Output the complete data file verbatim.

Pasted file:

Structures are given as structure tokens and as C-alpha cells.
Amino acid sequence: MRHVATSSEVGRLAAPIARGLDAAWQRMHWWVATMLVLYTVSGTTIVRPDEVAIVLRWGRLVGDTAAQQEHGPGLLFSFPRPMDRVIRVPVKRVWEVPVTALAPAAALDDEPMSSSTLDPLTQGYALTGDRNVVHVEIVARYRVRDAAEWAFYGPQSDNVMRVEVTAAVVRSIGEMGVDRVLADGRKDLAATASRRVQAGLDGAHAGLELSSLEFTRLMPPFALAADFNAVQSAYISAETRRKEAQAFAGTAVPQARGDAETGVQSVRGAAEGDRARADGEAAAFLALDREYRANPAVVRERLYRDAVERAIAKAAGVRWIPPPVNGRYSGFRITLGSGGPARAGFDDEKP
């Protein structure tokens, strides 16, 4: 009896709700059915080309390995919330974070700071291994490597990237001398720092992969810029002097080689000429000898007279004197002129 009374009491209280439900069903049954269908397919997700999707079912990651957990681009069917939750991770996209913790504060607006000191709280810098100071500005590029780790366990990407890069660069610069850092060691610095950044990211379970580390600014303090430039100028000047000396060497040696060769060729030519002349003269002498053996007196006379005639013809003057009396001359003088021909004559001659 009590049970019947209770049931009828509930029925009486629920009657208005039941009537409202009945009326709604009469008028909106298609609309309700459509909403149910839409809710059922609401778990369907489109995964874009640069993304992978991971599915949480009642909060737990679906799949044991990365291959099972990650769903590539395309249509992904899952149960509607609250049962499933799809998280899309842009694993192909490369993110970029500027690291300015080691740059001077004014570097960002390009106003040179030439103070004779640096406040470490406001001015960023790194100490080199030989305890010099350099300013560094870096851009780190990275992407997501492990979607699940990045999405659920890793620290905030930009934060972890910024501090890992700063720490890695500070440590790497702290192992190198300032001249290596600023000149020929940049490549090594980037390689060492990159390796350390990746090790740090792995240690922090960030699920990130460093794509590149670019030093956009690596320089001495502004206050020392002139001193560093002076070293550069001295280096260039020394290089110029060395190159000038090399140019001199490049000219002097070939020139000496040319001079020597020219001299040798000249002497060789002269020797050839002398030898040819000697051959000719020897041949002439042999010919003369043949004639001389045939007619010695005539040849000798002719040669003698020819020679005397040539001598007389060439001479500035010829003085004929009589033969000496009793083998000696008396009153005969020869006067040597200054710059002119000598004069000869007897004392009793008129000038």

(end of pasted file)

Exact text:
Structures are given as structure tokens and as C-alpha cells.
Amino acid sequence: MRHVATSSEVGRLAAPIARGLDAAWQRMHWWVATMLVLYTVSGTTIVRPDEVAIVLRWGRLVGDTAAQQEHGPGLLFSFPRPMDRVIRVPVKRVWEVPVTALAPAAALDDEPMSSSTLDPLTQGYALTGDRNVVHVEIVARYRVRDAAEWAFYGPQSDNVMRVEVTAAVVRSIGEMGVDRVLADGRKDLAATASRRVQAGLDGAHAGLELSSLEFTRLMPPFALAADFNAVQSAYISAETRRKEAQAFAGTAVPQARGDAETGVQSVRGAAEGDRARADGEAAAFLALDREYRANPAVVRERLYRDAVERAIAKAAGVRWIPPPVNGRYSGFRITLGSGGPARAGFDDEKP
């Protein structure tokens, strides 16, 4: 009896709700059915080309390995919330974070700071291994490597990237001398720092992969810029002097080689000429000898007279004197002129 009374009491209280439900069903049954269908397919997700999707079912990651957990681009069917939750991770996209913790504060607006000191709280810098100071500005590029780790366990990407890069660069610069850092060691610095950044990211379970580390600014303090430039100028000047000396060497040696060769060729030519002349003269002498053996007196006379005639013809003057009396001359003088021909004559001659 009590049970019947209770049931009828509930029925009486629920009657208005039941009537409202009945009326709604009469008028909106298609609309309700459509909403149910839409809710059922609401778990369907489109995964874009640069993304992978991971599915949480009642909060737990679906799949044991990365291959099972990650769903590539395309249509992904899952149960509607609250049962499933799809998280899309842009694993192909490369993110970029500027690291300015080691740059001077004014570097960002390009106003040179030439103070004779640096406040470490406001001015960023790194100490080199030989305890010099350099300013560094870096851009780190990275992407997501492990979607699940990045999405659920890793620290905030930009934060972890910024501090890992700063720490890695500070440590790497702290192992190198300032001249290596600023000149020929940049490549090594980037390689060492990159390796350390990746090790740090792995240690922090960030699920990130460093794509590149670019030093956009690596320089001495502004206050020392002139001193560093002076070293550069001295280096260039020394290089110029060395190159000038090399140019001199490049000219002097070939020139000496040319001079020597020219001299040798000249002497060789002269020797050839002398030898040819000697051959000719020897041949002439042999010919003369043949004639001389045939007619010695005539040849000798002719040669003698020819020679005397040539001598007389060439001479500035010829003085004929009589033969000496009793083998000696008396009153005969020869006067040597200054710059002119000598004069000869007897004392009793008129000038």